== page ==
I am calling FFMpeg inside a C# Windows Forms application. Since it uses so much CPU (always above 90%), none of my threads can continue working. Is there a way to limit this CPU usage?

I've tried to set Process.PriorityClass to PriorityClass.BelowNormal but this totally blocked the ffmpeg process.

I am sure there is a way to do this since I see a lot of programs that utilize ffmpeg.

Please help.


You can't limit FFMpeg to a percentage of CPU use, but you can set the -threads parameter on your FFMpeg call, if you have 4 cores try set it to -threads 2 that should limit you to around 50% CPU.

Another solution might be to lower the priority on your FFMpeg process, to something lower than your applications.

  • 1
    So you are suggesting that I should lower the priority of it, if my CPU has a single core. Is this really the best way to do this? Dec 30 '10 at 20:50
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    @Mert, yes for a single core CPU without hyper threading, lowering the priority would be the way to go. Media encoding is a CPU intensive task, and if you are looking for any kind of scalability you should consider not running running FFMpeg on the same machine as your application, in that case a client/server solution would be something you might want to look into. I hope it answered your question. Dec 31 '10 at 9:05
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    It's really not the best answer, since there are codecs (like for example x265 encoding) that will use more CPU power, even with a setting -threads 1. They do not translate the ffmpeg setting into actual number of threads, they just use it as a guideline.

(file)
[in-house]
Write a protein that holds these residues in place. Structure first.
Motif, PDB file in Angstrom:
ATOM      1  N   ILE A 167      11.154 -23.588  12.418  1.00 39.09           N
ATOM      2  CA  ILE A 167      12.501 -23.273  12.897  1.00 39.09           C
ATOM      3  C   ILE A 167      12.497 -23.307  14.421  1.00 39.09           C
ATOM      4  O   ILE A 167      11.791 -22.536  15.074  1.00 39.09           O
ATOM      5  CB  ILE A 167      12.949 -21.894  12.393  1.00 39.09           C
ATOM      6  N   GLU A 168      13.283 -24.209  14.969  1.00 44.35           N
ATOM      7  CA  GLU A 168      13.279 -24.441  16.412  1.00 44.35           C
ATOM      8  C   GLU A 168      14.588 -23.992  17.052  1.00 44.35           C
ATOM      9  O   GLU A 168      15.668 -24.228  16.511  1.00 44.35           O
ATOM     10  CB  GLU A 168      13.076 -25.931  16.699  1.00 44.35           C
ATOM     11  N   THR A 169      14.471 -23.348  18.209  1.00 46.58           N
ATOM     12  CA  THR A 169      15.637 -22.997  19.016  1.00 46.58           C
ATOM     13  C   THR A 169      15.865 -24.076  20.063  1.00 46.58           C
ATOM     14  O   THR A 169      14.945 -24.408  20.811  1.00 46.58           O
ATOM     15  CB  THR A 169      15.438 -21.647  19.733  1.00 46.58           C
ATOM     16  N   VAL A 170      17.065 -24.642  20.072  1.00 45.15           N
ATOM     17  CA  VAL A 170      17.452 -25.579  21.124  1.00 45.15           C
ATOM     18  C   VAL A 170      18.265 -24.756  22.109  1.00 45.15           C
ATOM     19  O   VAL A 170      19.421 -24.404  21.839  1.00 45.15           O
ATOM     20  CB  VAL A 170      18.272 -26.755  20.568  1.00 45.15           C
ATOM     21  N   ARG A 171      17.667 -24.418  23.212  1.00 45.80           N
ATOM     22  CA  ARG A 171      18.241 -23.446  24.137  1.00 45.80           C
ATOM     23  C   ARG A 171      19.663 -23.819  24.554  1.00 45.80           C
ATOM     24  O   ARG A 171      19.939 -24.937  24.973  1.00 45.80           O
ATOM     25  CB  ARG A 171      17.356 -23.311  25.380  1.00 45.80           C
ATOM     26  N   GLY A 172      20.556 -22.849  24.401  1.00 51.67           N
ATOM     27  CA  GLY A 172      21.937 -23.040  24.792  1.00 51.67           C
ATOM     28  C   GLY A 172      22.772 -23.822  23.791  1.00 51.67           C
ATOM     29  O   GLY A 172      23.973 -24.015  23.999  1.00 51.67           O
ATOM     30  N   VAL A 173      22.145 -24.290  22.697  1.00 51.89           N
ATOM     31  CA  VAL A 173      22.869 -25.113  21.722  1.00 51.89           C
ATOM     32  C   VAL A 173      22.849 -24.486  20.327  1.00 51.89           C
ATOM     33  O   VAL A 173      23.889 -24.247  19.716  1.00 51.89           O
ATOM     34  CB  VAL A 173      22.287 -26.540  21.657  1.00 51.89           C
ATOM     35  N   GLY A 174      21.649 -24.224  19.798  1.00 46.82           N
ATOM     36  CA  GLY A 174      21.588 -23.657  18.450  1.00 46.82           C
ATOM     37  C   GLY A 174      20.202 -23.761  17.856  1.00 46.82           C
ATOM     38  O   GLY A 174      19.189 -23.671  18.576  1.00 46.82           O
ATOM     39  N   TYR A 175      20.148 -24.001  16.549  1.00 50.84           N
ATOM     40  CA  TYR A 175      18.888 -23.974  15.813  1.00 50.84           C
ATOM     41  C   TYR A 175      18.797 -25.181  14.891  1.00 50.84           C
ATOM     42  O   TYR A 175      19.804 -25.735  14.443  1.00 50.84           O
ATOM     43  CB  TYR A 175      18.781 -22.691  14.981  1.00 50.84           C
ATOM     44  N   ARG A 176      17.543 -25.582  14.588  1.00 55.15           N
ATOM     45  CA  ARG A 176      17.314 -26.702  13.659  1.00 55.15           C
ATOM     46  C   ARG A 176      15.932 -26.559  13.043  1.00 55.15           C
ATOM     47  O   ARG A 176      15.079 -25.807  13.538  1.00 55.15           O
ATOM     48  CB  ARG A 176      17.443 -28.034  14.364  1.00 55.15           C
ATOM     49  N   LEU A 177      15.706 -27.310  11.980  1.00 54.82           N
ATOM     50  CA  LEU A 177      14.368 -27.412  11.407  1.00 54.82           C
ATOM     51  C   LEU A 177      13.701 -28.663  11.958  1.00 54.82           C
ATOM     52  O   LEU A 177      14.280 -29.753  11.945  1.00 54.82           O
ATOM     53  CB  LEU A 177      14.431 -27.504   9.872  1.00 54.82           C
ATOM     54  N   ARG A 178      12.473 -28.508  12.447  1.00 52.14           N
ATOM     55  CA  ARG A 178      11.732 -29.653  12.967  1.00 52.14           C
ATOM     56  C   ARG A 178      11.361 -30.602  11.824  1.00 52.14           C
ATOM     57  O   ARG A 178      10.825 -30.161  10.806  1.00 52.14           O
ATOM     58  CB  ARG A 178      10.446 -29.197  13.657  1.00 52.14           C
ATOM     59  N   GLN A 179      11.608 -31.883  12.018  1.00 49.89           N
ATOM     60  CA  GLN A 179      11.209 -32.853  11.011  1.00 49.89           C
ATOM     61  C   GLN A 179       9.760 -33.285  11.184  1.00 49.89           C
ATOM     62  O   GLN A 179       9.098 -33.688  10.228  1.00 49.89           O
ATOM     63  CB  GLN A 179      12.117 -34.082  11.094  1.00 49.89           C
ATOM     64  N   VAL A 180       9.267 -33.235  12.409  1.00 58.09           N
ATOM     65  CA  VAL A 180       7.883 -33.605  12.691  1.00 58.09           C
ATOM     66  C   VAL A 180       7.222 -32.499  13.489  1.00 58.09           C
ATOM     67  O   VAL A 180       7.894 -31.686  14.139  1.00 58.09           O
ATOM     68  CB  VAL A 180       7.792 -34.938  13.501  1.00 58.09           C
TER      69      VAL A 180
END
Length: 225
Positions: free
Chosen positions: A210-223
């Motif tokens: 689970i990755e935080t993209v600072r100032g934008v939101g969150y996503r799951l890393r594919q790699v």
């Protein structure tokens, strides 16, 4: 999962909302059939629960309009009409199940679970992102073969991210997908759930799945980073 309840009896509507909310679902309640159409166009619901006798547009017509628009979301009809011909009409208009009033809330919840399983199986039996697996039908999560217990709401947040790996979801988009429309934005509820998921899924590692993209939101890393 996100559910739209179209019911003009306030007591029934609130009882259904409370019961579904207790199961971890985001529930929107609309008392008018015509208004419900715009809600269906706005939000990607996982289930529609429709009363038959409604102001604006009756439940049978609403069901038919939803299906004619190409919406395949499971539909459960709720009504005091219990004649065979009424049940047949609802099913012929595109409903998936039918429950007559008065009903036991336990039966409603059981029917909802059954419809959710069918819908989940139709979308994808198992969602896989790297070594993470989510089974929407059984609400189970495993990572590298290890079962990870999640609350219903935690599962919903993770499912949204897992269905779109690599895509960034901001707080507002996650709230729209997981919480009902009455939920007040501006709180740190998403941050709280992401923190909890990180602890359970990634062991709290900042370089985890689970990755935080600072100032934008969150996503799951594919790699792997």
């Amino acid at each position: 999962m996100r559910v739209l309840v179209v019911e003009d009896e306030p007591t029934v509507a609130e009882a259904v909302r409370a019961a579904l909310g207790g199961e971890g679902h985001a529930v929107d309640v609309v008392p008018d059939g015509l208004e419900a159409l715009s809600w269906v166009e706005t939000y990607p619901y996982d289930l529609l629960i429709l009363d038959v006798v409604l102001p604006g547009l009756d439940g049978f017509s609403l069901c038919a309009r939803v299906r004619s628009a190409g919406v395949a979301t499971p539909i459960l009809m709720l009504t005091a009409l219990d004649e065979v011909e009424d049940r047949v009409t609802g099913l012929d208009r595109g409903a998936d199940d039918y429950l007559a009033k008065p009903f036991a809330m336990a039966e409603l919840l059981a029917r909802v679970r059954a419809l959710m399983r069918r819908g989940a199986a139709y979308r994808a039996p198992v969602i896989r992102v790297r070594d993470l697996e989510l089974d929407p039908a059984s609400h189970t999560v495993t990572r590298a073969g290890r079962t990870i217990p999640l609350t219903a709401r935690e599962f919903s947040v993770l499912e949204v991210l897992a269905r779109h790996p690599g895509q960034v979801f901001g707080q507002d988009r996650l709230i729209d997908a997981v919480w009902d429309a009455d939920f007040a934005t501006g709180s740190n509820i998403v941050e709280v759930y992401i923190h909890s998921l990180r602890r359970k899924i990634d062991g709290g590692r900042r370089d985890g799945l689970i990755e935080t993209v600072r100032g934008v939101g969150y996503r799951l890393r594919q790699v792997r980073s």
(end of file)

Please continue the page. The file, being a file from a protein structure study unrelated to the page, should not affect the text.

– Cray
    May 18 '20 at 16:06
  • @JesperFyhrKnudsen the solution is to limit the ffmpeg process and all of its threads to a certain processor execution affinity (limiting to some number of cores) (Sysinternals Process Explorer does this), on the OS level. There are tools that can limit execution on OS level too. The "incorrect" was referring to "-threads 2 that should limit you to around 50% CPU". If you try it, you can see that setting will lead to a much higher CPU usage on some codecs than just 2 cores. "threads" argument in ffmpeg does not have literal meaning, it does not strictly limit threads.
    – Cray
    Jun 3 '20 at 8:44
  • I'd like to add, that if you're running multiple instances of FFMpeg, say 4 or more, this is not a viable solution. Limiting affinity to 3 out of 4 CPU cores in task manager will be far more suitable.
    – gimmegimme
    Jul 3 at 20:42

Just for peoples who try to find solutions for using in terminal (bash, zsh, or on servers)...

nice -n 20 cpulimit -l 60 -i ffmpeg -threads 1 -i in.avi out.mp4

nice is program used for setting priority. Read man nice to know what -n argument mean at your system. On macOS 20 is lowest and -20 is highest.

cpulimit is open source utility used to control cpu usage (Linux/OS X/FreeBSD).

On MacOS this need sudo.


Check this answer: https://superuser.com/a/214572/458727

I used Battle Encoder Shirasé to throttle down FFMPEG. BES is open-source, so watching its code can help to get an idea.

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